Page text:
The investigation of the events in Washington, D.C. is best explained in a book written by the lead Air Force investigator, Captain Edward Ruppelt, the head of Project Blue Book from its inception in early 1952 until late 1953.
The summer of 1952 was a busy time for Blue Book investigators. Ruppelt referred to this period as “The Big Flap.” Some of the most credible reports were coming from the Washington, D.C. area.
On July 20, Ruppelt was flying to Washington on unrelated business. His plane landed at Washington National Airport in the morning, and he grabbed a paper to catch up on the latest news. There he found in big, bold, capitalized font, “INTERCEPTORS CHASE FLYING SAUCERS OVER WASHINGTON, D.C.”
Ruppelt immediately called his superior officer at the Pentagon and was briefed on the incident later that day at Bolling Air Force Base. At 11:40 p.m. the previous night, seven objects were caught on radar at Washington National Airport. At first, the radar operators thought the objects were a formation of planes, but nothing like that was scheduled. The objects moved slowly at about 100 to 130 miles per hour, but then would streak across the scope in sudden bursts of speed. The targets had moved all over the area, including over prohibited areas, such as the airspace above the White House and the U.S. Capitol building. One of the objects was clocked at speeds of more than 7,000 miles per hour.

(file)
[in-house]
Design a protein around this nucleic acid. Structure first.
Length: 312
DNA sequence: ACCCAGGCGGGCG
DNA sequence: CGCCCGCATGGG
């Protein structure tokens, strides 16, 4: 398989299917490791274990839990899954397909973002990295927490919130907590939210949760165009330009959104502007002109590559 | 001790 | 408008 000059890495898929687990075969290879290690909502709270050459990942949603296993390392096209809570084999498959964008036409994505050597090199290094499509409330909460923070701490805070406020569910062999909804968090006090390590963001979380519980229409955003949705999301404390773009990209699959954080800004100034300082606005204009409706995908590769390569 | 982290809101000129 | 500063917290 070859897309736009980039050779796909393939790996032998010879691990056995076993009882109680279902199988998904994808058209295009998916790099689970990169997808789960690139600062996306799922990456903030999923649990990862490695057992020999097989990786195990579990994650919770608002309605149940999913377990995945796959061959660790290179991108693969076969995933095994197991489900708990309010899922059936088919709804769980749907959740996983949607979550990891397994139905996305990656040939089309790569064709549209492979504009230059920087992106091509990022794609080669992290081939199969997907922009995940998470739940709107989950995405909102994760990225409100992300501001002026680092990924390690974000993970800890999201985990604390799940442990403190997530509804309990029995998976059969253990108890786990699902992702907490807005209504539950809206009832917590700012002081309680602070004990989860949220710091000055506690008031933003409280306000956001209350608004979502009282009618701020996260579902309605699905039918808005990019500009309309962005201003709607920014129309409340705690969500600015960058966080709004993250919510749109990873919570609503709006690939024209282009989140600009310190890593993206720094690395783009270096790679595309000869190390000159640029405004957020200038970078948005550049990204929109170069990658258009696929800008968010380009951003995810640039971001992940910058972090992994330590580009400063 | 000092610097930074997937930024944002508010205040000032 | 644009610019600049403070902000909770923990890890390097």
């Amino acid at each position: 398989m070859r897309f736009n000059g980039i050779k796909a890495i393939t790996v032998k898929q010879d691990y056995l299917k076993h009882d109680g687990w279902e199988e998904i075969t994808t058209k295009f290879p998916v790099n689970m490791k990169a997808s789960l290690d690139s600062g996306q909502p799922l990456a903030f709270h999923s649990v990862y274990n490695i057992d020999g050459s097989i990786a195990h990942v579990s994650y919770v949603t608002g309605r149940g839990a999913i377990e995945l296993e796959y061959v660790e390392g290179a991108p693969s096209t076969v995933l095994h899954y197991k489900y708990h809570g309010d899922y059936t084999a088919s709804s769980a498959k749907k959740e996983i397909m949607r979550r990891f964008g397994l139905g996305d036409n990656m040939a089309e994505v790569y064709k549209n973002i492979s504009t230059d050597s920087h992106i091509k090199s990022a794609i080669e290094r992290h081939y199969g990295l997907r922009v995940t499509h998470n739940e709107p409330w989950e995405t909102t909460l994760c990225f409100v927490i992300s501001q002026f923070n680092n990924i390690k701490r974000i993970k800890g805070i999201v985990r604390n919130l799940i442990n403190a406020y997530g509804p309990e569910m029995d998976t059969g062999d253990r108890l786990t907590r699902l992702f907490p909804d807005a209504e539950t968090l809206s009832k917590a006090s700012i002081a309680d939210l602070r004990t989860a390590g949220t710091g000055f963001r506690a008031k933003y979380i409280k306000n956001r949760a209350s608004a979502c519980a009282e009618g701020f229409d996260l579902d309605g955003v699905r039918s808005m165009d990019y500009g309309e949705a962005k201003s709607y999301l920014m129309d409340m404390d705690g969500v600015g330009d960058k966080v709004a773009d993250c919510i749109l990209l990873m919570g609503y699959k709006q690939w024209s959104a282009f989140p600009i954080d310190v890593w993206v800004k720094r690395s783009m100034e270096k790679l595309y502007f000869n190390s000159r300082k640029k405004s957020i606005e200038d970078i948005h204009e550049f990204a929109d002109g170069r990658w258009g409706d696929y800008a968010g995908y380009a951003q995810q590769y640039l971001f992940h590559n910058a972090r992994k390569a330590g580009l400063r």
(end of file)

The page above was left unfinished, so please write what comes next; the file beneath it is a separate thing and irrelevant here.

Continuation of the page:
One week later, it happened again. However, this time the Air Force was ready. As soon as reports began coming in, several people from the Pentagon hurried out to Washington National Airport.
At about 10:30 p.m., Washington National Airport had once again picked up the slow-moving targets. The objects were in an arc surrounding the Washington, D.C. area. The same radar operators were present from the prior event, so they were prepared and worked quickly to track the UFOs. They contacted Andrews Air Force Base who confirmed they were also tracking the objects.
At 11:30 p.m., it was decided to call in interceptors to check out the objects. Two Lockheed F-94 Starfires were in the air by midnight. At this point, reporters and photographers were asked to leave the radar room. Ruppelt says the radar room was cleared because some Air Force officers thought this might be the night they would get a good up-close look at a UFO.